Updated: Mar 15
Lesson plans give structure and purpose to your tutorials. They lay out clear goals, actionable steps to reach those goals, and the resources you will need for those steps. A good tutor will have a lesson plan for each tutorial – even if it’s just a few bullet points. As you gain more experience and get to know your students better, the lesson plans becomes easier and quicker to pull together.
How to write your first lesson Plan
The first tutorial, as we’ve discussed, is where you start to build a strong relationship with your student and layout a clear plan of action for working together. The lesson plan will help you achieve this by synthesising all the information you’ve gathered about your student in one place. As a tutor, it will help you approach that first session with confidence.
We recommend the following steps:
- TEMPLATE: Use a template to help you focus your ideas. We’ve put an example below and a template you can download here:
- MEASURABLE OBJECTIVES: Identify the objectives for the lesson. This is the most crucial step – everything else flows out from your objectives. Keep these simple, measurable and few in number. 2-3 is plenty for an hour-long session. The content will depend on the subject and level you’re teaching and of course, the student’s specific needs and goals. You need to make clear what your criteria are for having met the objectives, so you can determine how successful your lesson was.
- TIMED ACTIVITIES: Identify the activities you want to carry out, along with the amount of time you’ll need for each. Make sure you’ve identified how each step or activity helps you meet the objectives you’ve outlined.
- DELIVERABLES: What are you/ the student going to produce at the end of the lesson? This might be a completed past paper, set of maths exercises, or a well-rehearsed speech. But know what you want to deliver by the end of the lesson. Again, these should relate to your objectives.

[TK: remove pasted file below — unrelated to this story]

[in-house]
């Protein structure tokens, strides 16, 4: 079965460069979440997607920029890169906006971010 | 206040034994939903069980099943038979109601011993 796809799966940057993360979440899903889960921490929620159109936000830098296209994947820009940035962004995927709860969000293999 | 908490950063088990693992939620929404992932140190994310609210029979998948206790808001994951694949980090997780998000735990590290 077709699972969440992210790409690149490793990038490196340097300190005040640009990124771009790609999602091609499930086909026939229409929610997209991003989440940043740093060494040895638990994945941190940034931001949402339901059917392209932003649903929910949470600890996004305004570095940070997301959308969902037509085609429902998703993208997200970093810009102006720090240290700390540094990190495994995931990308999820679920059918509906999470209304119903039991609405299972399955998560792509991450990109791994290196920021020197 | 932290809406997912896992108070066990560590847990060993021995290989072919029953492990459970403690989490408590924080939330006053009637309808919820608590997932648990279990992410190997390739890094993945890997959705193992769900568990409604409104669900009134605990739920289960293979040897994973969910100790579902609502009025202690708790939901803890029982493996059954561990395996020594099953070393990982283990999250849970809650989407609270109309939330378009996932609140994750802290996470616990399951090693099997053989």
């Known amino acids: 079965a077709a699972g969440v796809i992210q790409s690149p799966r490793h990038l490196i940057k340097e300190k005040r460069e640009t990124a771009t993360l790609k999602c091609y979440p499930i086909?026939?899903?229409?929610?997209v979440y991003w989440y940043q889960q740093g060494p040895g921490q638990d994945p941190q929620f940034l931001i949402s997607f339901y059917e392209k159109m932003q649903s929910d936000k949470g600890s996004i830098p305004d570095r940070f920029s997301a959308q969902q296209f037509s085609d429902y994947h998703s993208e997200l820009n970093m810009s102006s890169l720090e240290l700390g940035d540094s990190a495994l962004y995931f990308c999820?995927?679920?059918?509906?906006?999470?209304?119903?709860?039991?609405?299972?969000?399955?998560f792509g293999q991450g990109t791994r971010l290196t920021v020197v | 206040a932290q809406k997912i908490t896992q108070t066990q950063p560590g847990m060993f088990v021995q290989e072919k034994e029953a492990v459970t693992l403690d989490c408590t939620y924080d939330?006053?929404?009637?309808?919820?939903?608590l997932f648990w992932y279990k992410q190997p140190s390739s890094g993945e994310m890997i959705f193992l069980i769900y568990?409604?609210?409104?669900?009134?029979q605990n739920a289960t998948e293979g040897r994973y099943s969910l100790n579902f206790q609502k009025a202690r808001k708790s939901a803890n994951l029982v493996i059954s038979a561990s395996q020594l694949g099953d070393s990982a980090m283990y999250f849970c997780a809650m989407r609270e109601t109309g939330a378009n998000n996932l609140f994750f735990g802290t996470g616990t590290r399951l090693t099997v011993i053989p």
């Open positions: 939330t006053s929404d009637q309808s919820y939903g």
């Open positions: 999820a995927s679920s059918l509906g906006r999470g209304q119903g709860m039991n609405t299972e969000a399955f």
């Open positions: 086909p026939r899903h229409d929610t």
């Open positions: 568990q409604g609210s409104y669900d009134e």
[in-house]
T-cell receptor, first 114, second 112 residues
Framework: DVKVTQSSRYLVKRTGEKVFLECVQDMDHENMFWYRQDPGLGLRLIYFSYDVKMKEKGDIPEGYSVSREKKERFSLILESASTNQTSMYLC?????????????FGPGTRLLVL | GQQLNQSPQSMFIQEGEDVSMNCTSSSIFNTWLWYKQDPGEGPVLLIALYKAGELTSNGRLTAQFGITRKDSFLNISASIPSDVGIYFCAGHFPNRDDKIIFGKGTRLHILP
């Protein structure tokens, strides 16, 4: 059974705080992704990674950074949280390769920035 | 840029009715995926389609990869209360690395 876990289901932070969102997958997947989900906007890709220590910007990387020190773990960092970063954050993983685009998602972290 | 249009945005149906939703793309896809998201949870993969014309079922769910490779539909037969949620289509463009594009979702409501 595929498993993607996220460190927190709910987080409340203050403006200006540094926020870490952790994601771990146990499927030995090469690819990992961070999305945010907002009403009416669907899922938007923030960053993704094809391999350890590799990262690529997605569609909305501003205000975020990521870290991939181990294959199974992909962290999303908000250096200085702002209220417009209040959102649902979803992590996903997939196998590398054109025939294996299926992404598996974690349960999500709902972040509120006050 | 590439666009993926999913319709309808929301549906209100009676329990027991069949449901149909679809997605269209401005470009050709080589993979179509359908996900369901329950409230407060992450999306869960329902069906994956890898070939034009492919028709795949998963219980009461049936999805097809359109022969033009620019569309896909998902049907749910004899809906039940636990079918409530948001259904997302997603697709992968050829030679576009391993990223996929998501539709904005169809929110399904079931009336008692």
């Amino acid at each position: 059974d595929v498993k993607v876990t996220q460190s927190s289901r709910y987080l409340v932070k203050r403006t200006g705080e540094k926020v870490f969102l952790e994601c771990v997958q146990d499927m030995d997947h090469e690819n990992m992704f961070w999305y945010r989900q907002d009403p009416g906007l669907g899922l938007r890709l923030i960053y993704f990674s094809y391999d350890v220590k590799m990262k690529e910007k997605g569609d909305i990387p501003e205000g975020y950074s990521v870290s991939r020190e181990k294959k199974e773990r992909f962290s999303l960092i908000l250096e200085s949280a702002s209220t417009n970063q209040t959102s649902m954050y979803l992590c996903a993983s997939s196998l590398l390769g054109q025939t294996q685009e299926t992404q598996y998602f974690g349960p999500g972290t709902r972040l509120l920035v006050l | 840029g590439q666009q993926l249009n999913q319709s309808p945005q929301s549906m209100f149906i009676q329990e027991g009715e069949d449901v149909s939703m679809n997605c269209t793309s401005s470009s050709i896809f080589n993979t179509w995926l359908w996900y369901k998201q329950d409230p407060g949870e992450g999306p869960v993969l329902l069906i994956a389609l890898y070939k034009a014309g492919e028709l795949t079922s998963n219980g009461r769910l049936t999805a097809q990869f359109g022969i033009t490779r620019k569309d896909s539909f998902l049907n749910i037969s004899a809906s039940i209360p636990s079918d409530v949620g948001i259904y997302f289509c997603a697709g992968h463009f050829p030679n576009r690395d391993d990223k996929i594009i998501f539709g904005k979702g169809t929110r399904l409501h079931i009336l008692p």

- RESOURCES: Write down what materials or resources you’ll need to bring or prepare.
Remember your first lesson should focus on getting to know your student rather than imparting huge amounts of knowledge. Use this time to better understand their strengths and weaknesses and work out a learning plan together. All subsequent lesson plans can cascade out from there.
Example First Lesson Plan:
Subject(s): English Language and English Literature
Level: GCSE/ Key Stage 4
Learning Objectives: Achieve Grade 7 or above. Currently predicted Grade 5.
Strengths/ weaknesses: Struggles particularly with structuring essays and poetry analysis. Vocab and grammar are very strong.
Other details: WJEC exam board
1. Objective: Begin building a strong rapport with student, including identifying their strengths and weaknesses
Measure of success: Student shows increased level of comfort with tutor. Tutor is able to list student’s strengths and weaknesses.
2. Objective: Agree learning goals and methods
Measure of Success: Student and tutor have discussed learning goals for the student over tutoring period.
Deliverables: Written set of learning goals agreed by tutor and student. Goals are tailored to the student’s needs and have clear methodologies attached to them.
3. Objective: Practice Contemporary and modern poetry comparison.
Measure of success: Time spent reviewing two poems from student’s anthology followed by review of mark scheme, highlighting correct answers and areas for improvement.
Deliverables: Draft comparison produced independently by student. Draft is marked by student and tutor together, with reference to mark scheme.
At the end, you may want to assign homework, depending on what you’ve agreed with the student and their parents.
If you’re nervous about the first lesson, it’s fine to plan a few extra activities to make sure you’ve got plenty to fill the time. You can always transfer anything you don’t get to the next lesson.
Remember, the lesson plan is there to help you. The better prepared you are, the better the tutorial will go!